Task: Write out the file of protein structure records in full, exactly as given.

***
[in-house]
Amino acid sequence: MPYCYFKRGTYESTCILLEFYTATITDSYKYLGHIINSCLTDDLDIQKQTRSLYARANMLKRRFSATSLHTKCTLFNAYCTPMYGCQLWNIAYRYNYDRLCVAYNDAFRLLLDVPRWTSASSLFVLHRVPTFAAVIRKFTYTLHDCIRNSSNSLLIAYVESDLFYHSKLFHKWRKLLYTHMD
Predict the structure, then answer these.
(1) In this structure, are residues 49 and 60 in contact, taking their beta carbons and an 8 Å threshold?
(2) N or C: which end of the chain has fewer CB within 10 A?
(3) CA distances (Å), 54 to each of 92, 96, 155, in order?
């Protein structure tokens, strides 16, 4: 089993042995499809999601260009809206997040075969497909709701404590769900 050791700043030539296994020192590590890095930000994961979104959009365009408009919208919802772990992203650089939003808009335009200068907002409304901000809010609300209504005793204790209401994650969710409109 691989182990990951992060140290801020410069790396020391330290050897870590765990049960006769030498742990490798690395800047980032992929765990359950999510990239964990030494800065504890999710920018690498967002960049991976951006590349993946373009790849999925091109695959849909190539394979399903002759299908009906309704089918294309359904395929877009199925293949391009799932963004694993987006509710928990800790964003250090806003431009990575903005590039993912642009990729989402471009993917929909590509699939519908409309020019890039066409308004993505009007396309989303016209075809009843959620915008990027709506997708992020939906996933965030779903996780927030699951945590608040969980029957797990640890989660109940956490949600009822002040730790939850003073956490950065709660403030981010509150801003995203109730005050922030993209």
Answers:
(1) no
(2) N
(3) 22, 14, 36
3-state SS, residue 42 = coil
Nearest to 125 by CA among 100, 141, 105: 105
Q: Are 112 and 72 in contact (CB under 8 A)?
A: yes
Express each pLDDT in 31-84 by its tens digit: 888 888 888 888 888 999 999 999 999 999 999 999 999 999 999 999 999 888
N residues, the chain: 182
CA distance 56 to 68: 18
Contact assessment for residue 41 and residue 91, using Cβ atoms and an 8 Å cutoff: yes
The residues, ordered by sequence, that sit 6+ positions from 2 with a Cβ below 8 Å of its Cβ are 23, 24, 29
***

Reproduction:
[in-house]
Amino acid sequence: MPYCYFKRGTYESTCILLEFYTATITDSYKYLGHIINSCLTDDLDIQKQTRSLYARANMLKRRFSATSLHTKCTLFNAYCTPMYGCQLWNIAYRYNYDRLCVAYNDAFRLLLDVPRWTSASSLFVLHRVPTFAAVIRKFTYTLHDCIRNSSNSLLIAYVESDLFYHSKLFHKWRKLLYTHMD
Predict the structure, then answer these.
(1) In this structure, are residues 49 and 60 in contact, taking their beta carbons and an 8 Å threshold?
(2) N or C: which end of the chain has fewer CB within 10 A?
(3) CA distances (Å), 54 to each of 92, 96, 155, in order?
């Protein structure tokens, strides 16, 4: 089993042995499809999601260009809206997040075969497909709701404590769900 050791700043030539296994020192590590890095930000994961979104959009365009408009919208919802772990992203650089939003808009335009200068907002409304901000809010609300209504005793204790209401994650969710409109 691989182990990951992060140290801020410069790396020391330290050897870590765990049960006769030498742990490798690395800047980032992929765990359950999510990239964990030494800065504890999710920018690498967002960049991976951006590349993946373009790849999925091109695959849909190539394979399903002759299908009906309704089918294309359904395929877009199925293949391009799932963004694993987006509710928990800790964003250090806003431009990575903005590039993912642009990729989402471009993917929909590509699939519908409309020019890039066409308004993505009007396309989303016209075809009843959620915008990027709506997708992020939906996933965030779903996780927030699951945590608040969980029957797990640890989660109940956490949600009822002040730790939850003073956490950065709660403030981010509150801003995203109730005050922030993209």
Answers:
(1) no
(2) N
(3) 22, 14, 36
3-state SS, residue 42 = coil
Nearest to 125 by CA among 100, 141, 105: 105
Q: Are 112 and 72 in contact (CB under 8 A)?
A: yes
Express each pLDDT in 31-84 by its tens digit: 888 888 888 888 888 999 999 999 999 999 999 999 999 999 999 999 999 888
N residues, the chain: 182
CA distance 56 to 68: 18
Contact assessment for residue 41 and residue 91, using Cβ atoms and an 8 Å cutoff: yes
The residues, ordered by sequence, that sit 6+ positions from 2 with a Cβ below 8 Å of its Cβ are 23, 24, 29